You can imagine the panic that sets in when you find out that your daughter is in such a critical stage of care that she needs to be flown to a specialist.

The Flight to Primary Children's Hospital

Then the mad dash started. I drove home to pack a bag with a few clothes, toiletries, and other miscellaneous items. 

When I got back to the hospital, the ambulance and the flight crew were getting Jay ready for transport. 

The EMT's loaded her onto a gurney and took her to the ambulance. We rode to the airport and boarded the plane. 

The plane took off for Salt Lake City and Primary Children's Hospital.

I still had no idea what was going on. The flight nurses must have been able to tell that I was pretty clueless because I wasn't a crying mess on the floor of the plane. 

I asked them if they could tell me what they thought was wrong with her. The nurse said that they think she has cancer. I turned into a blubbery mess once I heard the word "cancer."

We landed at some random airport in Salt Lake and took another ambulance ride to Primary Children's. 

The same flight nurses took us all the way to the fourth floor of the hospital where we entered the oncology section. 

I finally put the word "oncology" and cancer together.

The Diagnosis

The flight nurses transferred Jay's care to the unit nurses. Jay was taken to a room. 

Nurses and doctors swarmed all over her. They hooked her up to IV lines, machines, took blood, and started her on antibiotics to try to combat the fever. 

A team was assigned to Jay. I met a caseworker, social worker, fellows, nurses, and anyone else who happened to be in the area. 

The fellow asked if I was ready to hear their thoughts on Jays diagnosis, but I wanted to wait till my husband and father arrived.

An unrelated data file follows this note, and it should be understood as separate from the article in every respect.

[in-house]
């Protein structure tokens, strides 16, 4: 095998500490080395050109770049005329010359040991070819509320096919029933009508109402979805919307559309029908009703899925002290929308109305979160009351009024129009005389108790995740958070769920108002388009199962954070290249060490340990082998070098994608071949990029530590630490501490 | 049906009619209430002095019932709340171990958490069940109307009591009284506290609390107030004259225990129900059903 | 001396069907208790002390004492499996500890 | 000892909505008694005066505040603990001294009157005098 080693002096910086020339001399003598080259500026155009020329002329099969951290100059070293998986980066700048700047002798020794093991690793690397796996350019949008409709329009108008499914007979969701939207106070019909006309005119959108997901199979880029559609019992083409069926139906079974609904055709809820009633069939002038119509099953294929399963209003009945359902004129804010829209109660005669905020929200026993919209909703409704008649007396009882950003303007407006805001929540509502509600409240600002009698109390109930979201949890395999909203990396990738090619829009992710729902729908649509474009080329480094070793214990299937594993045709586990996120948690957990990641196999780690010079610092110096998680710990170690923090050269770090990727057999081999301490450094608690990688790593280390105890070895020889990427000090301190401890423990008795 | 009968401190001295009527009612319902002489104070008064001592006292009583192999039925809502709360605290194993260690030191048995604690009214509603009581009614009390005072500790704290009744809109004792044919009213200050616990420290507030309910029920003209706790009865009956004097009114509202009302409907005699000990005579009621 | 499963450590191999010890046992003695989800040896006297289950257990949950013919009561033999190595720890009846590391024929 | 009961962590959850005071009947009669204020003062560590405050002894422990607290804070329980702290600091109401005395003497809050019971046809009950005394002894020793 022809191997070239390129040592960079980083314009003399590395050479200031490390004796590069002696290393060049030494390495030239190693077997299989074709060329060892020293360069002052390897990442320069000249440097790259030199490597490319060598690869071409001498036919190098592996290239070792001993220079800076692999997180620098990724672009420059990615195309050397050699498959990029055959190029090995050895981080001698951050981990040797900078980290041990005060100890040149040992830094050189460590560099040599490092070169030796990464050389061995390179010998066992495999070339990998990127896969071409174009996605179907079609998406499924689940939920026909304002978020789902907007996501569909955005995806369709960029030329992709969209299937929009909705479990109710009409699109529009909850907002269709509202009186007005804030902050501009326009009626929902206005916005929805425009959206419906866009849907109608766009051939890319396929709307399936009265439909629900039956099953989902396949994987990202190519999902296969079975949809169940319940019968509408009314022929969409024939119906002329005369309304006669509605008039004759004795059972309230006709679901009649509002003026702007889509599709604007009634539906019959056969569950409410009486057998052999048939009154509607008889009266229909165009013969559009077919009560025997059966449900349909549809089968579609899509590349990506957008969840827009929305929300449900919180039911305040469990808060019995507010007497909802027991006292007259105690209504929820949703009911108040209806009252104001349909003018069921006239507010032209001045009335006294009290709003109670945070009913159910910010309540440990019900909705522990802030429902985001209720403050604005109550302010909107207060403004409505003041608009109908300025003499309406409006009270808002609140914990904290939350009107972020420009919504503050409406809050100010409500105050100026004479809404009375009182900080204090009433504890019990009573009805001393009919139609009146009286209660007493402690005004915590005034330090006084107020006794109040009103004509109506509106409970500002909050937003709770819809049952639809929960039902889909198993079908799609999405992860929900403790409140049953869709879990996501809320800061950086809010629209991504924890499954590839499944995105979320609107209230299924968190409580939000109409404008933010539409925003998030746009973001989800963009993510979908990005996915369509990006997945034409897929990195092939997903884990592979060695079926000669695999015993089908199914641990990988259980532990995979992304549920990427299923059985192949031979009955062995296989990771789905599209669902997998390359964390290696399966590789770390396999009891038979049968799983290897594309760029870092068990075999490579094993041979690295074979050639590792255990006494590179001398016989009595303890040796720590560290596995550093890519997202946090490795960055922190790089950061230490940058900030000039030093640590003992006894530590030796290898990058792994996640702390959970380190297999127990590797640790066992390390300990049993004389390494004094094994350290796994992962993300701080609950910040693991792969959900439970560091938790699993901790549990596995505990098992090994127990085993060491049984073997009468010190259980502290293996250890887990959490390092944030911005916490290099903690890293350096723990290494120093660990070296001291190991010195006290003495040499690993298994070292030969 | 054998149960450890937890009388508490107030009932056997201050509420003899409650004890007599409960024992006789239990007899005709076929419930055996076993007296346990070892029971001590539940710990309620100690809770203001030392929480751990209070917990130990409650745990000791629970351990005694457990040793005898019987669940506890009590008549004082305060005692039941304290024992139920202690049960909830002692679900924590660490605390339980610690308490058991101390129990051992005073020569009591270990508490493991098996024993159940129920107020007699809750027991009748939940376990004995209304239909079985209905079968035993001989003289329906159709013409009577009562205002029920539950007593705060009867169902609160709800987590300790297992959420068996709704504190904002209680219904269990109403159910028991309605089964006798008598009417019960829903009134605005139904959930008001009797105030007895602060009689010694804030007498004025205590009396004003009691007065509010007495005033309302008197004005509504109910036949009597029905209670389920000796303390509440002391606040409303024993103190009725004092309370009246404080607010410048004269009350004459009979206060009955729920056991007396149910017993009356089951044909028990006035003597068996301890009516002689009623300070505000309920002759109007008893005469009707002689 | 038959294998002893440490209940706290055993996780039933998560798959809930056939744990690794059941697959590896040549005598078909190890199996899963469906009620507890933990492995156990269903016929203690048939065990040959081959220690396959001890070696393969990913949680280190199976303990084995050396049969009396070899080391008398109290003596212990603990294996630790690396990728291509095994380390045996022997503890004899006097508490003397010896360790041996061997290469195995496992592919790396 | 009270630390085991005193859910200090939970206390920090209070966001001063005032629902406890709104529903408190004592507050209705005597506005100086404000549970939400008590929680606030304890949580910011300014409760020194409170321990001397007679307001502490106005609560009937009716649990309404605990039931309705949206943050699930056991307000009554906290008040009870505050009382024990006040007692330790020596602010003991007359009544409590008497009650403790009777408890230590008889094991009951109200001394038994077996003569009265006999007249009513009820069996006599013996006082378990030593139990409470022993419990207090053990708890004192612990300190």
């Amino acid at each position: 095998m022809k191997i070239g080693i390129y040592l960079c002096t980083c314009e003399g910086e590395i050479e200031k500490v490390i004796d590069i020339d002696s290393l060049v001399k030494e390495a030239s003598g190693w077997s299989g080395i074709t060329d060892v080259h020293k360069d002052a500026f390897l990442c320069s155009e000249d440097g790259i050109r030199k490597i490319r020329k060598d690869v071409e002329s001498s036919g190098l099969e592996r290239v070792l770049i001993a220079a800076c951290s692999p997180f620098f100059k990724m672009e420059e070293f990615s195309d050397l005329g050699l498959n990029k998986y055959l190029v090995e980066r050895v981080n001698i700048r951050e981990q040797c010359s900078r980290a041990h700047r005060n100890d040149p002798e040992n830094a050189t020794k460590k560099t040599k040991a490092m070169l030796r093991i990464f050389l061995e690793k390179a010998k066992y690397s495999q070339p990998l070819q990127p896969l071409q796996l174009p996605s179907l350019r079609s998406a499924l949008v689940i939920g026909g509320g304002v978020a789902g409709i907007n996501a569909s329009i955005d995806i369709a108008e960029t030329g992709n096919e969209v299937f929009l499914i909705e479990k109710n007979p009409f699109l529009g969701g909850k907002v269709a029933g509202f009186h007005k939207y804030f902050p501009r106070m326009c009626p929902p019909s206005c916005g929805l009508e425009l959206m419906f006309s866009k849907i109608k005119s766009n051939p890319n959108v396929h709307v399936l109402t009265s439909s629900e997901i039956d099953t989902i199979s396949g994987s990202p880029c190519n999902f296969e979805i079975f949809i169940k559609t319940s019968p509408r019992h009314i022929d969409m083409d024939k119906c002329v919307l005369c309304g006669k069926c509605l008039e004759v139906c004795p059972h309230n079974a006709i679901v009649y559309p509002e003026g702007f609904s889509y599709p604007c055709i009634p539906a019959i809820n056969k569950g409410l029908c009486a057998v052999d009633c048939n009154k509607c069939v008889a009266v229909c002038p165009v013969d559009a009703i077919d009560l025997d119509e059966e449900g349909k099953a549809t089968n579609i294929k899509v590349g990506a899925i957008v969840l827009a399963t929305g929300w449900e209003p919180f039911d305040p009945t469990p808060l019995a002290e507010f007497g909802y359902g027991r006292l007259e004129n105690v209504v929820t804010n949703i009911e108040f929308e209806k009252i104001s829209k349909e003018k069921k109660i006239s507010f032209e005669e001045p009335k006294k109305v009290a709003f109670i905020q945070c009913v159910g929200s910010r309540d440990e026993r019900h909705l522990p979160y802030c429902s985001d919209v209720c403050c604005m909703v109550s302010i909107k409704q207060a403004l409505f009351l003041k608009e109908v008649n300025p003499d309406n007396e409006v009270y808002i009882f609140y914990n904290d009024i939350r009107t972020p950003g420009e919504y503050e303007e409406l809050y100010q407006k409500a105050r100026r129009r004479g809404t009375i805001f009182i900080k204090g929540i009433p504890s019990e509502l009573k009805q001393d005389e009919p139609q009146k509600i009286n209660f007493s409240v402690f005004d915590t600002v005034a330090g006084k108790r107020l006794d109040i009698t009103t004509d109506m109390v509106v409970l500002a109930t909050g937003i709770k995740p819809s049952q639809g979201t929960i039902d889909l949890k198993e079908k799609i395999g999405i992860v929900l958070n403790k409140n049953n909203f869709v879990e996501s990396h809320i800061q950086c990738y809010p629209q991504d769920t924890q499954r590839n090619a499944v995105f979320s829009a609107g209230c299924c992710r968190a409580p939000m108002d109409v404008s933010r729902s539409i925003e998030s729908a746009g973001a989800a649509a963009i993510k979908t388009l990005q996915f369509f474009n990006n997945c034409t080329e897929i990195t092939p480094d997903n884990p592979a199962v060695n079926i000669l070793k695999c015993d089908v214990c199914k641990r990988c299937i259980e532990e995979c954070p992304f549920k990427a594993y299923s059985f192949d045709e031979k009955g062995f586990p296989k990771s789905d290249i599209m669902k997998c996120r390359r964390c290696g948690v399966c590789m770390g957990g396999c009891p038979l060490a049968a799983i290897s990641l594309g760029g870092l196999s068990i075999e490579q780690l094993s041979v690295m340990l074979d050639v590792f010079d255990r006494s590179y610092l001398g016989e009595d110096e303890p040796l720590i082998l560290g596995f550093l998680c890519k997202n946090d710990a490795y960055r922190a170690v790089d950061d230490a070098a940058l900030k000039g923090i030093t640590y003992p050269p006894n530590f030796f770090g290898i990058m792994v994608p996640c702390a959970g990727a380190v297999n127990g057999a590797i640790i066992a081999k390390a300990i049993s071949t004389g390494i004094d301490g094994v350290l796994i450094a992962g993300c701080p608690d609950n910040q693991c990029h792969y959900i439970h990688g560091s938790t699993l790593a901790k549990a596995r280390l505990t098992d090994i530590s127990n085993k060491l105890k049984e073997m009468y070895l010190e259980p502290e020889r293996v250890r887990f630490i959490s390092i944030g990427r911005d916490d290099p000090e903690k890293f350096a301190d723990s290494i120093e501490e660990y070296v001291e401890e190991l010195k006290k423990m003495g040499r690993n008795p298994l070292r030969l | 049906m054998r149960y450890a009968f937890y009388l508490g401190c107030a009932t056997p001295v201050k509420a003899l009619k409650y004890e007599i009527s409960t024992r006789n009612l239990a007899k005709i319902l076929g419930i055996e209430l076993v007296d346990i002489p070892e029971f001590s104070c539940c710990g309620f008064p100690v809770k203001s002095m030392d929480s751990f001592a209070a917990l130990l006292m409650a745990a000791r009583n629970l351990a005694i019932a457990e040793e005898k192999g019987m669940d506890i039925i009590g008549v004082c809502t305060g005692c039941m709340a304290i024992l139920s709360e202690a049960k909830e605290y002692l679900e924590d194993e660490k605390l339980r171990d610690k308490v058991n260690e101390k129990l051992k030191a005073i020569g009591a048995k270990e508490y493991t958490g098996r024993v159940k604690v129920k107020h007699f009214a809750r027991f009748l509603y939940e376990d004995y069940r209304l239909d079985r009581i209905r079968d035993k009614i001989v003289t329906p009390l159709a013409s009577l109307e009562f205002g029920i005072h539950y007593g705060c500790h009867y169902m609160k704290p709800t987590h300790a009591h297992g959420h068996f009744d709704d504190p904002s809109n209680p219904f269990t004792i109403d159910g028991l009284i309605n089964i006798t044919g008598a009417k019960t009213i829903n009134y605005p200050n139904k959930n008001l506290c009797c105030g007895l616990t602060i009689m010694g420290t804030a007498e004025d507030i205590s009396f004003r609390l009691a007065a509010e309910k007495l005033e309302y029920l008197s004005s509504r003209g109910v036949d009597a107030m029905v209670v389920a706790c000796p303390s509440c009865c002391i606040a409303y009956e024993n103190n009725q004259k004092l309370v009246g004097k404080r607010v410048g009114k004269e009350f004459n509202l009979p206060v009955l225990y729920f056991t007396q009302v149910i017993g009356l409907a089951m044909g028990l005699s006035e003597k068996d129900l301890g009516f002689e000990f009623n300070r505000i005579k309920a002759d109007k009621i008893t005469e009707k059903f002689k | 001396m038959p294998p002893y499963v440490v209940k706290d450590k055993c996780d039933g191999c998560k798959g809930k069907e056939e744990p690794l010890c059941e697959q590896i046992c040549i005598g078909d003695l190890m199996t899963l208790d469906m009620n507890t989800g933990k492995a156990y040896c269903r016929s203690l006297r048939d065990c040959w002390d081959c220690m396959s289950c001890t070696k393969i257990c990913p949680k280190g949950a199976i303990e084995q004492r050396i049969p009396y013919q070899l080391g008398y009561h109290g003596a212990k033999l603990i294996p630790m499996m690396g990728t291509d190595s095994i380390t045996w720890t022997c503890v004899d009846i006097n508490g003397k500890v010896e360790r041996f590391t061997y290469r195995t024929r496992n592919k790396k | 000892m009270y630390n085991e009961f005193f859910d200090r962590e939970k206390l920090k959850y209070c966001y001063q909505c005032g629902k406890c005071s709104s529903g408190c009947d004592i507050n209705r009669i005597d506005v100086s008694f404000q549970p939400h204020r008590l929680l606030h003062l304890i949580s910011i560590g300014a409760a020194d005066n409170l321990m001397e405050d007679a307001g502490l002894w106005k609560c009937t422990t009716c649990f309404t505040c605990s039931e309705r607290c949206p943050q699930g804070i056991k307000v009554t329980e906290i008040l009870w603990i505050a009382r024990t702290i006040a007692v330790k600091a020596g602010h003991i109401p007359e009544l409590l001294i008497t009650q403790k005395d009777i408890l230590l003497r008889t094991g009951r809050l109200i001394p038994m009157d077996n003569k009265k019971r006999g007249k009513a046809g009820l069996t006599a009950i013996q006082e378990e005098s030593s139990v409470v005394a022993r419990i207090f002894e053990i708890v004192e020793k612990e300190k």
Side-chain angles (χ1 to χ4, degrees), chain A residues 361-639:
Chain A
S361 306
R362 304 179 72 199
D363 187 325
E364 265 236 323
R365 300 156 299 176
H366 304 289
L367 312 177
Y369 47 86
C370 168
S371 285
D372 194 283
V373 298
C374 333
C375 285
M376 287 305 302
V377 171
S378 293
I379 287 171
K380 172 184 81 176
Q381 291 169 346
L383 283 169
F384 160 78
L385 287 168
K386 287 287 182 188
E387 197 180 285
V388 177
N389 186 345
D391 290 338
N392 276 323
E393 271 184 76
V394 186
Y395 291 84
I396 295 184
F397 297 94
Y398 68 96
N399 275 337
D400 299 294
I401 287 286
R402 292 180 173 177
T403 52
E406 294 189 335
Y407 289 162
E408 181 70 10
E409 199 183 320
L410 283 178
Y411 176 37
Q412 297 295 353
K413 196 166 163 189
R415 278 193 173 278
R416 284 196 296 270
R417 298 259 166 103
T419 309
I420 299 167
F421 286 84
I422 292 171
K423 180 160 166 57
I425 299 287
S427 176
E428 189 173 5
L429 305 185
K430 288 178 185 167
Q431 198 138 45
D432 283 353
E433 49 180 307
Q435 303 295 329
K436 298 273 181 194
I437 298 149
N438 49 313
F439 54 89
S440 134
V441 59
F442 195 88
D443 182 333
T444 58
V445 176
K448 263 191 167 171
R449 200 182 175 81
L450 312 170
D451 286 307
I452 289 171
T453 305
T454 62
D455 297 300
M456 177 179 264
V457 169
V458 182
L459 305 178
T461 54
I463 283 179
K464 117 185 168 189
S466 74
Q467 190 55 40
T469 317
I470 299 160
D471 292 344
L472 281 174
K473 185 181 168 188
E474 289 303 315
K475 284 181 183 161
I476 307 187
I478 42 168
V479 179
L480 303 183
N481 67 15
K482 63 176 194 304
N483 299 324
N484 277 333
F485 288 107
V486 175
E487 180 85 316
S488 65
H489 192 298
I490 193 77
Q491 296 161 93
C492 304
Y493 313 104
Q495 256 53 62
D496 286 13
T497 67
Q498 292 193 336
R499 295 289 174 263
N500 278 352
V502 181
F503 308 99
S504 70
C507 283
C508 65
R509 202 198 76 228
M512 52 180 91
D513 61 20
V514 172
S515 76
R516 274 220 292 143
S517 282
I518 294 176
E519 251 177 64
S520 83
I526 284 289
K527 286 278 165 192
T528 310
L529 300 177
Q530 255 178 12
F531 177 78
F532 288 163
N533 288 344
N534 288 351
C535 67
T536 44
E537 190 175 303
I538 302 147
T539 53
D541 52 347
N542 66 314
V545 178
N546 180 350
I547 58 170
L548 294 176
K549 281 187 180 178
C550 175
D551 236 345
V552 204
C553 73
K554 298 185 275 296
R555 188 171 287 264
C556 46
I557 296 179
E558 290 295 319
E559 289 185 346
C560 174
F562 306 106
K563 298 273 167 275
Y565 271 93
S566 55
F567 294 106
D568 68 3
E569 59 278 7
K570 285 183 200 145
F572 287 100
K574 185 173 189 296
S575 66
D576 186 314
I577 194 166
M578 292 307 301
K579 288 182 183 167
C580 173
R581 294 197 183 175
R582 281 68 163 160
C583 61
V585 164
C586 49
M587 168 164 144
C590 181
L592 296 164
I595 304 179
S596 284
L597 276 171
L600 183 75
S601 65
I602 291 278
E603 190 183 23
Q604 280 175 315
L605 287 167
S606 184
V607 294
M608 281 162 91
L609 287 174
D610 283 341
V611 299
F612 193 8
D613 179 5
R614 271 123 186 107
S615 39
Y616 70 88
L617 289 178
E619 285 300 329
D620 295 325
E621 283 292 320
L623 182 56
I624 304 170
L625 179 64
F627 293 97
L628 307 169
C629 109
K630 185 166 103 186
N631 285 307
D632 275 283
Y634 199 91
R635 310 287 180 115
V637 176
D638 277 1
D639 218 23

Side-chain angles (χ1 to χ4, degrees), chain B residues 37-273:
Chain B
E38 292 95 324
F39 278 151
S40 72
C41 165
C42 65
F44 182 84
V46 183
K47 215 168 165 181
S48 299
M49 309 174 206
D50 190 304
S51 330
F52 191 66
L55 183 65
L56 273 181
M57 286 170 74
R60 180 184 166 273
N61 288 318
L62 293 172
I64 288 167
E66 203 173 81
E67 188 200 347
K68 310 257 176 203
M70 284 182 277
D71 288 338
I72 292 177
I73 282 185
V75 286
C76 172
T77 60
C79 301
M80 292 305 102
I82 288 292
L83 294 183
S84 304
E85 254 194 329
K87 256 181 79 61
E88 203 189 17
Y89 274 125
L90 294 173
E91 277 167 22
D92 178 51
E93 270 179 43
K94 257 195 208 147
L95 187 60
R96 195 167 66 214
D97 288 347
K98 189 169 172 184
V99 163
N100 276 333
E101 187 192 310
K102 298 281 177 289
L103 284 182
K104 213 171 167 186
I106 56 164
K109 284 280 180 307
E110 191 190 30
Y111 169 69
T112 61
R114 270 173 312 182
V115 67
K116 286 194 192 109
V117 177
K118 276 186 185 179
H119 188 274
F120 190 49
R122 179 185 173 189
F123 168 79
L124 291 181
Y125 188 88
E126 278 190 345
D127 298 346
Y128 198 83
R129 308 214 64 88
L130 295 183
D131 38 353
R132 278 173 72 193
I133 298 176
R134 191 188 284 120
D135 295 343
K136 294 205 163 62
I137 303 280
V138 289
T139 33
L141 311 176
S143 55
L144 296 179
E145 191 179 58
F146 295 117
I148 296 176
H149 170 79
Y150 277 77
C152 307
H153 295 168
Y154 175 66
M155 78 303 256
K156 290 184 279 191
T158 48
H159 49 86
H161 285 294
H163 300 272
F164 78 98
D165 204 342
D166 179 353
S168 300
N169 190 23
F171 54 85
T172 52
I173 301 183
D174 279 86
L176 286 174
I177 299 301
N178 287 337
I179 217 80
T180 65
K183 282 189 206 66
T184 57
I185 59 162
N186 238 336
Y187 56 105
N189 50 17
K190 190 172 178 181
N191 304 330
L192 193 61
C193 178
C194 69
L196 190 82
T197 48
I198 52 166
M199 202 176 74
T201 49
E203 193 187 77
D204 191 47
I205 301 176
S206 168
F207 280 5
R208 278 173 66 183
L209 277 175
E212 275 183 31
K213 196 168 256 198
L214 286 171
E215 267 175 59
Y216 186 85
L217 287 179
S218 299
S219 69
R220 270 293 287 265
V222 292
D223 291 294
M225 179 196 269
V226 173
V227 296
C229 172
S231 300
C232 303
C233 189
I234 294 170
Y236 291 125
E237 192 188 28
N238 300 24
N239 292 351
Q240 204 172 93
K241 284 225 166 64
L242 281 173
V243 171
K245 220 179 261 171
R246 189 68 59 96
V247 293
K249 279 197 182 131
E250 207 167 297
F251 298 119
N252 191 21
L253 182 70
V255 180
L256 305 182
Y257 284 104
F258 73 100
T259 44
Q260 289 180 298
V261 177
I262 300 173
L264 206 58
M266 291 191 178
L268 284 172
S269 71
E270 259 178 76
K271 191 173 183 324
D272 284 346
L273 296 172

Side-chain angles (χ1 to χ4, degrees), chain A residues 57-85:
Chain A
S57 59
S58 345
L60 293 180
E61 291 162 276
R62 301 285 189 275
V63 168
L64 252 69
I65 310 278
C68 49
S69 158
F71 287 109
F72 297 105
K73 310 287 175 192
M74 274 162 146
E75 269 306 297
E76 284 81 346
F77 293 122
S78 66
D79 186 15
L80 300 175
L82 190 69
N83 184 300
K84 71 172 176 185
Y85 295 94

As soon as Jay left the local hospital, they had loaded into a car and drove the five hours to Primary Children's.


Once they arrived, we were taken to a different room where the fellow broke the news to us. She said that they think Jay has cancer, specifically, Leukemia. 

She said that they needed to conduct a spinal tap on Jay and draw some bone marrow just to be sure of the type of Leukemia. I broke down, again. 

This was the hardest thing for me to hear. I kept thinking about what I might have done wrong with raising Jay or what she might have been exposed to to cause it.

The fellow told me that they have not figured out what causes Leukemia yet. They know that it isn't genetic or environmental. She assured me that it was not anything that I did or didn't do. 

The good news was, there was a 95% cure rate with Leukemia. Although no one knew what causes Leukemia, they have figured out how to treat it.

I had a million thoughts rushing through my mind. We lived five hours from the place where Jay was going to get her treatment. 

People moved and switched jobs for life events like this. Would we need to move and get different jobs so we could make sure Jay got the treatment that she needed? How would Jay be able to go to school? What were the long term effects on her health? And most of all, how were we going to pay for everything?

This was a life changing event for Jay, for us, for the community we lived in, and for our extended family. We were going to figure this out. We were going to make sure Jay got the treatment she needed. And we were going to figure out, somehow, how to pay for everything.